ANOTHER UPDATE ON SCATTERING THE ENEMY: Those who are inclined to think that attacking the enemy to deny them sanctuary has only resulted in scattering them around the world might want to consider what Richard Clarke had to say (I can't remember who to hat tip for this one, I'm afraid) about the al Qaeda sanctuary prior to 9/11:

I think the intelligence community, the FBI, were unanimous, certainly throughout the year 2000 into 2001, that there was in fact a very widespread Al Qaeda network around the world in probably between 50-60 countries -- that they had trained thousands, perhaps over 10,000 terrorists at the camps in Afghanistan; that we didn't really know who those people were. We didn't have names for very many of them, and we didn't know where they were; but since bin Laden kept saying the United States was the target, the United States was the enemy, that we had to expect an increasing rate of sophistication of attacks by this large Al Qaeda network against the United States.


They scatter regardless in order to attack us--but now they have no secure sanctuary in which to train.

Monday, September 25, 2006

Kill the Fascists

Victor Hanson writes that our jihadi enemies are indeed fascists:

We can argue whether the present-day Islamic fascists have the military means comparable to what was had in the past by Nazis, Fascists, and militarists — I think a dirty bomb is worth the entire Luftwaffe, one nuclear missile all the striking power of the Japanese imperial Navy — but there should be no argument over who they are and what they want. They are fascists of an Islamic sort, pure and simple.

And the least we can do is to call them that: after all, they earned it.


Oh, and then kill the fascists. That, in fact, is the least we can do. They've earned it.

Enjoy Your Sand and Fanaticism

I've often written that if the Sunnis of Iraq refuse to come to terms with being a minority within Iraq, the majority Shias and Kurds could decide to go postal on the Sunnis to finally end the bloody and well-financed terrorsim conducted by Sunnis.

But there is another threat that the Shias and Kurds can employ:

In Baghdad, meanwhile, Iraqi politicians praised a deal Monday among the largest Shiite, Sunni Arab and Kurdish groups that delays a possible division of Iraq until the constitution is amended.

But Iraq's second-largest Sunni group rejected the deal and promised to fight any effort to divide the country now or in the future.

Some Sunnis want to work within a democratic Iraq. Some Sunnis hope to bide their time within Iraq and prepare for a coup in a decade or two to regain power over the Shias and Kurds.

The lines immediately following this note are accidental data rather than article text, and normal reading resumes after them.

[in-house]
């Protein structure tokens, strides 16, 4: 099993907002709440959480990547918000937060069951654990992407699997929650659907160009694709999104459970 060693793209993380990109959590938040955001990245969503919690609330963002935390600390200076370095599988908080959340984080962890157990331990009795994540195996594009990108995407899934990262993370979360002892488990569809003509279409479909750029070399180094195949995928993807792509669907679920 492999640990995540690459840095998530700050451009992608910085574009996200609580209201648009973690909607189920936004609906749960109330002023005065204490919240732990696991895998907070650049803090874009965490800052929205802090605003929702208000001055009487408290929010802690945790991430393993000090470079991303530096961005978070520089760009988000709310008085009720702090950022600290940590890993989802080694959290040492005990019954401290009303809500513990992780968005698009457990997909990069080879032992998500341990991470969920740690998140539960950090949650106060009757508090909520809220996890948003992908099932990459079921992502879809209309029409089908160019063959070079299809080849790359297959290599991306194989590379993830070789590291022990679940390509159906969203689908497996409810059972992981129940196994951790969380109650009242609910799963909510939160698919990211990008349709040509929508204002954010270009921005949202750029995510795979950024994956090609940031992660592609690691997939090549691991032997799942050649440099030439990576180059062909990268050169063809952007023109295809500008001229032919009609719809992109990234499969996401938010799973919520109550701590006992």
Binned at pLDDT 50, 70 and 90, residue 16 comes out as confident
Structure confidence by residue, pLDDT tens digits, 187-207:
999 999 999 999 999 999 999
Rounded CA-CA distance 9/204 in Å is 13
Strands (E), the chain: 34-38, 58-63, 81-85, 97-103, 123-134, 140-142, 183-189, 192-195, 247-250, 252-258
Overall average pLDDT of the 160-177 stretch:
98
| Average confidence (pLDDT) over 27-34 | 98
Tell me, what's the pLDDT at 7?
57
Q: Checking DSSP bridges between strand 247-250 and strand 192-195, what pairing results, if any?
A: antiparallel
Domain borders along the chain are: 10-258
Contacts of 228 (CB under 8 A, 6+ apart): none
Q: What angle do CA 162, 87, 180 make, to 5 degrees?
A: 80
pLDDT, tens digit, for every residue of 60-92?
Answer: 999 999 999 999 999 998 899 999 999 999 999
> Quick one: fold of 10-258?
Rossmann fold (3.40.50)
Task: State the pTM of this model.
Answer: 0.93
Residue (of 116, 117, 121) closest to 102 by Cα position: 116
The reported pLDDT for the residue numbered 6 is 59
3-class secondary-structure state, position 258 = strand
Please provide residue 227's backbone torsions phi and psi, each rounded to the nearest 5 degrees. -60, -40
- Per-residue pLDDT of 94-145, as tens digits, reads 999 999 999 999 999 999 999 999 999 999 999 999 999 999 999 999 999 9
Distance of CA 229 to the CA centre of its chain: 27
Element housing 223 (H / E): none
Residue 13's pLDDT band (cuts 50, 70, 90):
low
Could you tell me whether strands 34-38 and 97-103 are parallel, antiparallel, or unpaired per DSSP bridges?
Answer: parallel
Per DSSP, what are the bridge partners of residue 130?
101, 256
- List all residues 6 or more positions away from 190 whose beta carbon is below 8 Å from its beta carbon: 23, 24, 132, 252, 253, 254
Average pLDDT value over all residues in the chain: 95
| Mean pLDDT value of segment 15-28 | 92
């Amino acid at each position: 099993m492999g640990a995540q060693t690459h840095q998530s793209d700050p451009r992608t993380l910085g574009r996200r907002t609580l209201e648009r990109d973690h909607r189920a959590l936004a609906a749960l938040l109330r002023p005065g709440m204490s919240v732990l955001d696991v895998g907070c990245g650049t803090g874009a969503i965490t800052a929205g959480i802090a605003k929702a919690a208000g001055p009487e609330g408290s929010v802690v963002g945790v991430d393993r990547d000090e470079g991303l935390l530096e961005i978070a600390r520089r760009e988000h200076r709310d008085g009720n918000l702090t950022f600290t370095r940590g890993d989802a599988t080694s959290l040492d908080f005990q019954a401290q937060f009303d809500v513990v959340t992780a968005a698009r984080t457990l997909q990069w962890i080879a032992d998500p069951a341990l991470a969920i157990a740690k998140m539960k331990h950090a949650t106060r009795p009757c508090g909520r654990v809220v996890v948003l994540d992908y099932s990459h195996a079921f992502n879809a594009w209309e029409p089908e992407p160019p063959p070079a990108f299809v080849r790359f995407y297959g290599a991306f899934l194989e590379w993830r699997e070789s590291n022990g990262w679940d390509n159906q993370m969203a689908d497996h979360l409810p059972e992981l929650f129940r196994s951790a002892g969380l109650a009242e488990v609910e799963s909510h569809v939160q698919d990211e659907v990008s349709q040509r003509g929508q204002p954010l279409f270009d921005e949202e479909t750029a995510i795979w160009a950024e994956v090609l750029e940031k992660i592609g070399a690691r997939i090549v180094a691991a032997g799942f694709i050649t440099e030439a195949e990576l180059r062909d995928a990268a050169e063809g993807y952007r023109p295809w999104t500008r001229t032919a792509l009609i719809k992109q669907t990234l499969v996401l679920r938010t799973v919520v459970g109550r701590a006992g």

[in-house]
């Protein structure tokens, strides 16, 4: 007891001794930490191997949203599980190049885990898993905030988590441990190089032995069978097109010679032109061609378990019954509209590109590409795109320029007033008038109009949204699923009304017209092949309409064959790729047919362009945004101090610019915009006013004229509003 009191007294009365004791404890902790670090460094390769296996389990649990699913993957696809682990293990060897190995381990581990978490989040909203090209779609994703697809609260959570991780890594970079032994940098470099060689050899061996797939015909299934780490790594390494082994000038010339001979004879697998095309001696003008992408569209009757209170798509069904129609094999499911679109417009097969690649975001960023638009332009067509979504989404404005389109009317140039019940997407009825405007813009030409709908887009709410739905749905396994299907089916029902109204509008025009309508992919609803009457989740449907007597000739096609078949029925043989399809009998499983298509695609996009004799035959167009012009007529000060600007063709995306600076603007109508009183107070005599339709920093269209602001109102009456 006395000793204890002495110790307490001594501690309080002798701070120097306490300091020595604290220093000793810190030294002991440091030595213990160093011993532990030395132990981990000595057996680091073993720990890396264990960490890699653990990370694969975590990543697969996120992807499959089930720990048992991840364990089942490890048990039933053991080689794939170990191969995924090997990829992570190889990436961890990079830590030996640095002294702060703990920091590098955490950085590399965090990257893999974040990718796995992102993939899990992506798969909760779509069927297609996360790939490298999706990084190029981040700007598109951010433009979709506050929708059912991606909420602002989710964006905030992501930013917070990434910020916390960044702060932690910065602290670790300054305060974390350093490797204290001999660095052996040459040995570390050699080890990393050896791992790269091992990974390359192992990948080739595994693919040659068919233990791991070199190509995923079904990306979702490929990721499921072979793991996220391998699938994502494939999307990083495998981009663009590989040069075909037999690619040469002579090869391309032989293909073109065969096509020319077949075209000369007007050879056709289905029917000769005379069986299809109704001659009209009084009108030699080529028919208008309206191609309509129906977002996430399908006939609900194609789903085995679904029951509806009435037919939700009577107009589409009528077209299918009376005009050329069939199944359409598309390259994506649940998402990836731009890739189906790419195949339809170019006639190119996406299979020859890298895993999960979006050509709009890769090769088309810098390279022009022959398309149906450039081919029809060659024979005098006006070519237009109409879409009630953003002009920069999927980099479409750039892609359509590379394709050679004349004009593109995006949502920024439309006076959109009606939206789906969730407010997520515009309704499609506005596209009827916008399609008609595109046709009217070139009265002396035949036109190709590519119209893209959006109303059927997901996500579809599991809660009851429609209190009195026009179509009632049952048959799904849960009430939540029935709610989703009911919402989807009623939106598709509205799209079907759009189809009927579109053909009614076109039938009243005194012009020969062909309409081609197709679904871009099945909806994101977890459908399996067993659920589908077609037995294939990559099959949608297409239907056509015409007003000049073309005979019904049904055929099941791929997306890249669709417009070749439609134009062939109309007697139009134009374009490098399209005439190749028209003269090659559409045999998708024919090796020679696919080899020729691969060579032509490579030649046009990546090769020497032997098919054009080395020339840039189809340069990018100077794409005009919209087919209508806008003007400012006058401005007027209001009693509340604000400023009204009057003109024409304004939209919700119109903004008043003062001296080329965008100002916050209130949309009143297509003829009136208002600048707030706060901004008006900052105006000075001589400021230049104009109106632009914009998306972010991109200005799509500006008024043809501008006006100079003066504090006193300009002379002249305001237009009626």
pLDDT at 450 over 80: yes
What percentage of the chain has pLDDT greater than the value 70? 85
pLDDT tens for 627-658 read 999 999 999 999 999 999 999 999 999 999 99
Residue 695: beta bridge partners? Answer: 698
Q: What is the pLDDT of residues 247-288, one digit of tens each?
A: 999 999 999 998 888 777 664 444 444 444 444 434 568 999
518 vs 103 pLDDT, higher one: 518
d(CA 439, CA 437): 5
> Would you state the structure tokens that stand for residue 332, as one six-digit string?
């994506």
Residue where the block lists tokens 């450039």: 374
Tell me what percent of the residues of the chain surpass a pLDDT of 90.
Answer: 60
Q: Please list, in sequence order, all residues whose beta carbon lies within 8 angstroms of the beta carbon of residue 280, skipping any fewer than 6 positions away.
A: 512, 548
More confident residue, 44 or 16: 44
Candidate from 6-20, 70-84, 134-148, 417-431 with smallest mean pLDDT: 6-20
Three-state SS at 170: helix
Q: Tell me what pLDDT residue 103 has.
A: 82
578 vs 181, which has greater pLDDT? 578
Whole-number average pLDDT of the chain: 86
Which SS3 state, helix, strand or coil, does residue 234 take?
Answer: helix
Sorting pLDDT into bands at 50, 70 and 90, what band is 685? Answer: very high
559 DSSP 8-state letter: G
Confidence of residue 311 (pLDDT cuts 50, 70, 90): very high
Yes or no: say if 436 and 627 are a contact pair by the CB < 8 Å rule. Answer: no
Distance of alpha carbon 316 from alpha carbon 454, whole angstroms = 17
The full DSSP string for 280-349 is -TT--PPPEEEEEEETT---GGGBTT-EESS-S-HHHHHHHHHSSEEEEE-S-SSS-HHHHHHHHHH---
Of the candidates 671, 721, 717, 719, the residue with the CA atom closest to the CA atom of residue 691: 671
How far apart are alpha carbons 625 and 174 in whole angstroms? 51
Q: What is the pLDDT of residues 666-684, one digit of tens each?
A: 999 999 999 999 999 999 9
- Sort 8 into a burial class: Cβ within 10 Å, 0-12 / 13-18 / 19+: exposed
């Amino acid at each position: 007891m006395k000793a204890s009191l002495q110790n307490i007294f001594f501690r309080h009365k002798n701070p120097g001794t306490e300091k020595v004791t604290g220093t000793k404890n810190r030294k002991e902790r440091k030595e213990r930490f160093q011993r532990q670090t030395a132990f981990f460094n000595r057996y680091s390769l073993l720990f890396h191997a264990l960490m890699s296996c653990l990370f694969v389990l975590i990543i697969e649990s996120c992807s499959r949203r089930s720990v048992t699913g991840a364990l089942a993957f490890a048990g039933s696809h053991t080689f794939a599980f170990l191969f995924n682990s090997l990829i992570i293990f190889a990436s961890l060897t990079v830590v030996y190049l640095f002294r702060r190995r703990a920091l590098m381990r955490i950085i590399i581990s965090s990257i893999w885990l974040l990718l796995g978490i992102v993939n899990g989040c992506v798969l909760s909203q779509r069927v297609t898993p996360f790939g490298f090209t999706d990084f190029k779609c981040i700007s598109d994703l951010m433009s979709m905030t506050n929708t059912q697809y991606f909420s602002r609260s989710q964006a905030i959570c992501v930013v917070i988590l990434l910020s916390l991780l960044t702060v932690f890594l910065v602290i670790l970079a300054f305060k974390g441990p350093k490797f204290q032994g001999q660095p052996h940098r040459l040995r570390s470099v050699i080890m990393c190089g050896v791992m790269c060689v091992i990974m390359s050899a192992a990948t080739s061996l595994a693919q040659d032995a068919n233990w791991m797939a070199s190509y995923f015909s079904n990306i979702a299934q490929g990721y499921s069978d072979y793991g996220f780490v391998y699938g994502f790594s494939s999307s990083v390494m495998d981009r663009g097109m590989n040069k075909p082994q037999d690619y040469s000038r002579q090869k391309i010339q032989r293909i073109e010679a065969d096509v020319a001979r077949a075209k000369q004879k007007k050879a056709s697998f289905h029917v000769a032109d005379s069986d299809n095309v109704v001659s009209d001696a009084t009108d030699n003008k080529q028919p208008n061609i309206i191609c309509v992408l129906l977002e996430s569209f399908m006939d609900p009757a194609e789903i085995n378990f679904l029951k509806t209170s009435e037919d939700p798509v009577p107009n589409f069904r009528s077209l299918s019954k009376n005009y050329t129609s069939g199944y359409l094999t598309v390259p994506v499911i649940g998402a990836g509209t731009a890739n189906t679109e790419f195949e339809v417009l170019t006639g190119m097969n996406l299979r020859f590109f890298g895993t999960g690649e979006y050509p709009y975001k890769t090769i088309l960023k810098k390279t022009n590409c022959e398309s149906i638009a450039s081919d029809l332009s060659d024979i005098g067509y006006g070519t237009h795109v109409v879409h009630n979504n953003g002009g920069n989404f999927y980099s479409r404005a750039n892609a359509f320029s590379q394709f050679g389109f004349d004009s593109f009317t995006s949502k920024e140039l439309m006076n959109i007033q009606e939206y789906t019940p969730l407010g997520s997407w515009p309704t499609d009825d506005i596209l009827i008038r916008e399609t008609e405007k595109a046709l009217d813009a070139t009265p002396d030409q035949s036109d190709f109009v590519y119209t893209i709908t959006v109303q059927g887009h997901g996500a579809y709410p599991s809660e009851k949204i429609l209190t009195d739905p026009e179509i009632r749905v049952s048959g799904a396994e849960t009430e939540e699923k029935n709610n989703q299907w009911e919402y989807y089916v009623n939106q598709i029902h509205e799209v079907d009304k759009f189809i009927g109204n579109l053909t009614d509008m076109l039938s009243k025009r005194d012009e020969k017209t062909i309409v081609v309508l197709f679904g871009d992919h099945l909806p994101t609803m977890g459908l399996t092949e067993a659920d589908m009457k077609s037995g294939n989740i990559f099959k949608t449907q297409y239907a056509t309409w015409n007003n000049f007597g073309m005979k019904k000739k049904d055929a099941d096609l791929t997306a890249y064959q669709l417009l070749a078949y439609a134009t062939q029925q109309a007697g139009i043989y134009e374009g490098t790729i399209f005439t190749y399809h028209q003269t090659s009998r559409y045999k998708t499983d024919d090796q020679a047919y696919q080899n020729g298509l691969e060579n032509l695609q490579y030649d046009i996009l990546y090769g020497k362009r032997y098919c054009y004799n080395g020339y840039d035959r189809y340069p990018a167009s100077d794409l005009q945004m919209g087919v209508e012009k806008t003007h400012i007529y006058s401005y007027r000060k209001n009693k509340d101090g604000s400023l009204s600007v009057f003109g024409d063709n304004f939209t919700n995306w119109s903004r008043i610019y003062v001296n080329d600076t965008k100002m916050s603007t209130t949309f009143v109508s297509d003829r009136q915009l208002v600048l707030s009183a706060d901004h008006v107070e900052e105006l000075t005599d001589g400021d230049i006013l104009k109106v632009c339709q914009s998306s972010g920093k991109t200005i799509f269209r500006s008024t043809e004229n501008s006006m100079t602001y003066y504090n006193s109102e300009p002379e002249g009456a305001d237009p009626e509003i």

Both strategies require a unified Iraq.

So the Shia and Kurd threat to essentially split up Iraq is a major threat to Sunnis who want to cooperate and Sunnis who want to regain absolute power. Split up Iraq and the Shias will have the power to expel Sunnis from Baghdad and push them all into al Anbar province.

The Kurds in the north will have oil and the Shias in the south will have oil.

The Sunnis in Anbar will have sand, fleas, heat, and the joys of fanatical Sunni beliefs.

I personally do not think we can trust the Sunnis on their own even in a desolate wasteland. They may have buried nasties out west and Sunnis the world over would donate money to the Iraqi Sunnis to battle the hated Shias. We simply can't trust the Iraqi Sunnis to run their own affairs. They need a generation under a democratic Iraq as a minority to rejoin civil society.

I think the Shias are mostly bluffing and want a unified Iraq. But if the Sunnis won't play ball, the Shias will just stiff the Sunnis and let them go--and the Kurds will take advantage to go their own way.

A very high stakes game of chicken is going on, I think.

Saturday, September 23, 2006

Learning from America

The Chinese have studied our recent high tech wars from the Balkans to Iraq. They admire our conventional capabilities to take down enemy conventional forces rapidly but think little of our pacification abilities that drag on without ending opposition:


They are even more interested in operations in Afghanistan. They see the 2001-2002 campaign there as a highly sophisticated operation that simultaneously blended the selective use of American air and ground forces with local resistance fighters, information operations, bribery, diplomatic maneuvering, humanitarian assistance, assassinations, and other actions, to oust the Taliban, while the opening phase of Operation Iraqi Freedom demonstrated how effective American troops were in conducting a highly sophisticated, mobile, and well-coordinated "conventional" campaign.